The “bolsheviks” reached their height of fraud and fakery under Stalin and after
1. While calling themselves anti-fascists, they made deals with Hitler for control of Eastern Europe and Asia;
2. While calling themselves internationalists, they conquered and selfishly exploited Eastern Europe;
3. While calling for world revolution, they destroyed all communist revolutionary movements controlled by them;
4. While posing as anti-imperialists they made claims to Libya and other parts of Africa and they seized land from Japan;
5. While posing as revolutionists they created pacifist organizations with pacifist illusions and smoke-screens;
6. Claiming to have created Soviets as a new and higher form of government structure, they hastened to destroy the Soviets as a politically effective institution;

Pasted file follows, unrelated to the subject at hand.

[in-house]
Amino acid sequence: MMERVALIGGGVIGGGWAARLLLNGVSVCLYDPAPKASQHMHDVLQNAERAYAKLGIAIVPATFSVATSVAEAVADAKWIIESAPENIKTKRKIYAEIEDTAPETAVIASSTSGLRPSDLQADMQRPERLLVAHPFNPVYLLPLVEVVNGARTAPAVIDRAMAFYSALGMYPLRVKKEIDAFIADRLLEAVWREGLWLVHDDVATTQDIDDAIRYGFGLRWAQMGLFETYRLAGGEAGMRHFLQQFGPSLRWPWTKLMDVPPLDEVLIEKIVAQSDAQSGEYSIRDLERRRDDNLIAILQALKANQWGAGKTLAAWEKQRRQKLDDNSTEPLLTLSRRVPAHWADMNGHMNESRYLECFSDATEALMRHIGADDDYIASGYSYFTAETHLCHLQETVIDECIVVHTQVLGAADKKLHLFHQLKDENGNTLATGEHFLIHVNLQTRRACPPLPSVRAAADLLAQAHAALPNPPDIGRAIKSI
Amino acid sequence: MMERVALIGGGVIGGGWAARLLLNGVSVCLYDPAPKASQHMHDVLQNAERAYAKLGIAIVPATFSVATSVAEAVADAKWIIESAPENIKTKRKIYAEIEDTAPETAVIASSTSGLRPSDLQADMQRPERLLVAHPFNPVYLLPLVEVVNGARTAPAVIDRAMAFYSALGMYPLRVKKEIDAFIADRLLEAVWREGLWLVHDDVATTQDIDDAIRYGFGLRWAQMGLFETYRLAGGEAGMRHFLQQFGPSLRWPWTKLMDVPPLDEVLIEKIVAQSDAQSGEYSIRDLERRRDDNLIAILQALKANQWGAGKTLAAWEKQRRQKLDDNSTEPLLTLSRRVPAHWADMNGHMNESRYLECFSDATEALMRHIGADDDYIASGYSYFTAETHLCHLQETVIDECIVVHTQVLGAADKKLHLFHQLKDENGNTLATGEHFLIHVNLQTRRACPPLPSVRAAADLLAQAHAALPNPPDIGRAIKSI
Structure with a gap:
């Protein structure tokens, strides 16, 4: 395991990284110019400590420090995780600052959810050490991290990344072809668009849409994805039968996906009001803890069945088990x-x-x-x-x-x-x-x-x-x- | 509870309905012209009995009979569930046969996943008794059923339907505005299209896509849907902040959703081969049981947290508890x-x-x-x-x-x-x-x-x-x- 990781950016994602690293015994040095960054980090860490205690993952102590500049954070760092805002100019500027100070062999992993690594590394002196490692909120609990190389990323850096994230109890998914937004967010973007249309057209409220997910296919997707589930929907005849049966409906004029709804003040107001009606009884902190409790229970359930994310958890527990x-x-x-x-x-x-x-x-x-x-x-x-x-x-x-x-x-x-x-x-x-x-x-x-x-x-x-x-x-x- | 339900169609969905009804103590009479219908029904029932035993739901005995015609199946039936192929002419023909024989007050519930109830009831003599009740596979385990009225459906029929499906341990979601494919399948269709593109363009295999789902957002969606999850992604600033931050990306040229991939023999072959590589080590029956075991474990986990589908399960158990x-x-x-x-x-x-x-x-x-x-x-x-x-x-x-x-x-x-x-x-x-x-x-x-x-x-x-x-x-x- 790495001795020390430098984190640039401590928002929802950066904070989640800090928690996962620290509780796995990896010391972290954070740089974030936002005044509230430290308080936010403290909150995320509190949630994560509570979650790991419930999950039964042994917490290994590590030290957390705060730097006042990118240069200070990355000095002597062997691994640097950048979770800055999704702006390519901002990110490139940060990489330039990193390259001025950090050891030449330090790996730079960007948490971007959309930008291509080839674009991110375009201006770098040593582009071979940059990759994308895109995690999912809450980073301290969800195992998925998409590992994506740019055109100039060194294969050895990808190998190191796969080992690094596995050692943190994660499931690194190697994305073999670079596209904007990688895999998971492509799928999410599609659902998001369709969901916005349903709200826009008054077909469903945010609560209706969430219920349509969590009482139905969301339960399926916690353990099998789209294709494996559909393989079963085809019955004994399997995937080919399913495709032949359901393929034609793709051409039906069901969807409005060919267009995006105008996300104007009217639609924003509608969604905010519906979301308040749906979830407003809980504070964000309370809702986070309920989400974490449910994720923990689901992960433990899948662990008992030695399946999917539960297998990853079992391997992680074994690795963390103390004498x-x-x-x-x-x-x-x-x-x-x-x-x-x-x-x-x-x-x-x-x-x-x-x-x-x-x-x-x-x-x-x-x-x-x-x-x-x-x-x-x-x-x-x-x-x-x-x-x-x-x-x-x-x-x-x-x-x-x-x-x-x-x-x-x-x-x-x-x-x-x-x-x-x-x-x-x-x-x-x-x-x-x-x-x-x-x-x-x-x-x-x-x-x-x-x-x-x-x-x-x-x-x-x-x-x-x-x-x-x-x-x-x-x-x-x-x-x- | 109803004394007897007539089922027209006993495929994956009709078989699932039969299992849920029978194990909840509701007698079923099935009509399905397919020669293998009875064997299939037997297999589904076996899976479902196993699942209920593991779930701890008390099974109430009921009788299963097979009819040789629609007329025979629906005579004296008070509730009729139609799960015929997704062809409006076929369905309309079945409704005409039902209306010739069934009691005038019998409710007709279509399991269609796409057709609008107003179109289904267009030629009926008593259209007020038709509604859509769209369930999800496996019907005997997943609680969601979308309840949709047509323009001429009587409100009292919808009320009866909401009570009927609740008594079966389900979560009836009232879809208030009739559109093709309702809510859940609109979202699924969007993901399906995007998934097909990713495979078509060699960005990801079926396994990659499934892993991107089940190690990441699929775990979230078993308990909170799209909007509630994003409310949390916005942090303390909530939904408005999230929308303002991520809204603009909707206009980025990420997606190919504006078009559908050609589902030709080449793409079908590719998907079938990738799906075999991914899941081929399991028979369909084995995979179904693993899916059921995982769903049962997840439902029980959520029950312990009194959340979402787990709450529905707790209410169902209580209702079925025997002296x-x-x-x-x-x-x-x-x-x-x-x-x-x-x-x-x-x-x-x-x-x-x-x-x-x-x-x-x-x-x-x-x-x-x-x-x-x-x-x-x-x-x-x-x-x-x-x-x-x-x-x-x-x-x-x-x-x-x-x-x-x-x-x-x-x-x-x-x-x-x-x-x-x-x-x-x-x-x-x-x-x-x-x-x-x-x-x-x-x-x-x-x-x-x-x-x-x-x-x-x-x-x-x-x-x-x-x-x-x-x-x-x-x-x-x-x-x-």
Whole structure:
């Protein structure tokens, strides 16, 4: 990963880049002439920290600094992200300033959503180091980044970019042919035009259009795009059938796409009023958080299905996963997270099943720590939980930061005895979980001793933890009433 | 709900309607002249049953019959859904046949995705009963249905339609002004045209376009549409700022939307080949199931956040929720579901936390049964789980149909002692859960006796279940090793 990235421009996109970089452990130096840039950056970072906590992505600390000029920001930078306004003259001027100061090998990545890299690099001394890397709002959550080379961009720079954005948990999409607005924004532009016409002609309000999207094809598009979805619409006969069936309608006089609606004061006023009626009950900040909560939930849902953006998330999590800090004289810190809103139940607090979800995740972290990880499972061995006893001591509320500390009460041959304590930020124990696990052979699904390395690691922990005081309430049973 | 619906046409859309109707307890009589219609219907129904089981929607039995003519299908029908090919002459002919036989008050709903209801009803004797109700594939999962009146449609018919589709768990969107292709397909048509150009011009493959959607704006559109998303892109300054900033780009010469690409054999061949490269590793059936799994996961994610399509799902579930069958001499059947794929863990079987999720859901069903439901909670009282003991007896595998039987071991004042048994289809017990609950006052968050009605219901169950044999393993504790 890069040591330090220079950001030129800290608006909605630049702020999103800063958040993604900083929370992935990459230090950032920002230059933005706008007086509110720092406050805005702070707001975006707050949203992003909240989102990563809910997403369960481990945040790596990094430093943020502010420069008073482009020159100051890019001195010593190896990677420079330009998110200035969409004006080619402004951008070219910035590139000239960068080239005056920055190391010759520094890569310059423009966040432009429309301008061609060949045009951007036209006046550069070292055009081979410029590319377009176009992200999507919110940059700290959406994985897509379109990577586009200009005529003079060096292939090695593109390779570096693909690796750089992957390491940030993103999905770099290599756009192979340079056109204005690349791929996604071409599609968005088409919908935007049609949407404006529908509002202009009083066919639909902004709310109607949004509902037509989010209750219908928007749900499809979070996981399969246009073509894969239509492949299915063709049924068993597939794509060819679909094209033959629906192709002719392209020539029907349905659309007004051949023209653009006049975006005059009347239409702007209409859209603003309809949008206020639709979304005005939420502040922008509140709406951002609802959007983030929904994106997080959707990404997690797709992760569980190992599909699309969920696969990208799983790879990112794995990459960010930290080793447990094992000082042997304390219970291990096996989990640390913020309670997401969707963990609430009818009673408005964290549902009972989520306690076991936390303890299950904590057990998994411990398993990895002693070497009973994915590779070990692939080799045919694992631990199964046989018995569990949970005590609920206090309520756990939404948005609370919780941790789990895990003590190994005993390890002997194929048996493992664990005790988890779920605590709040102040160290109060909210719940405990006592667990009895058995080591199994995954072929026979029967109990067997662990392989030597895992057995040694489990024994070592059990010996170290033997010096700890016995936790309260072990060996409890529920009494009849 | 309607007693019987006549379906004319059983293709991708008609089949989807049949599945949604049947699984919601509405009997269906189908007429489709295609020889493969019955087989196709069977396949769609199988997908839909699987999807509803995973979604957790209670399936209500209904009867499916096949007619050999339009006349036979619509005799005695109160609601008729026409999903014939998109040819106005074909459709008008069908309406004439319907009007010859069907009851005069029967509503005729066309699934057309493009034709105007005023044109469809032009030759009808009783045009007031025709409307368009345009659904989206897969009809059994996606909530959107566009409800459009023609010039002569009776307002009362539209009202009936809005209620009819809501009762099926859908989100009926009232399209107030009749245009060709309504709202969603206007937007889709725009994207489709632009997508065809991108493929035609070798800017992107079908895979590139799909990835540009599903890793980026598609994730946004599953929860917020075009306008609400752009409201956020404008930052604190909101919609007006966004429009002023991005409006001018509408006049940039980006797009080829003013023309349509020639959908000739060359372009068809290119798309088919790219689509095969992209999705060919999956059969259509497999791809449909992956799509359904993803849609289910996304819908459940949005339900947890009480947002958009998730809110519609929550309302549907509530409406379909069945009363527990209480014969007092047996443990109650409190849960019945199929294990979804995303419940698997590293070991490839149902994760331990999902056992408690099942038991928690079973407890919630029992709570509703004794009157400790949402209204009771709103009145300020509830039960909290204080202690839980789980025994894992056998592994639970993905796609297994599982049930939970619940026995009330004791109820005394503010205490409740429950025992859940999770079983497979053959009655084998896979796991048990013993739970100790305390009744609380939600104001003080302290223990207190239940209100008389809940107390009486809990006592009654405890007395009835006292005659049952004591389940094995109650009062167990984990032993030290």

7. Claiming to be the champion of the Russian proletariat, they have destroyed the Russian trade unions as a working class force;
8. Calling for working class struggle, they support the domination of Arab kings and sheiks;
9. Shouting they have created “full socialism” in their country, they organized the greatest system of slave camps the 20th century ever saw;
10. Modestly affirming they have created a new humanity, the “Soviet Man”, they demonstrated this when three and a half million Soviet soldiers surrendered to Hitler in the first six months of World War II with hundreds of thousands enlisting in Hitler’s army to fight Stalinism;
11. Speaking for the working class of the world, they threaten to atom-bomb to hell the entire working class living under capitalism.
And so it goes. There is no doubt that Russian “Communists” are really “bolsheviks". We grant them freely this distinction! Working class elimination of the “bolsheviks” must become an inevitable part of the process for international working class emancipation.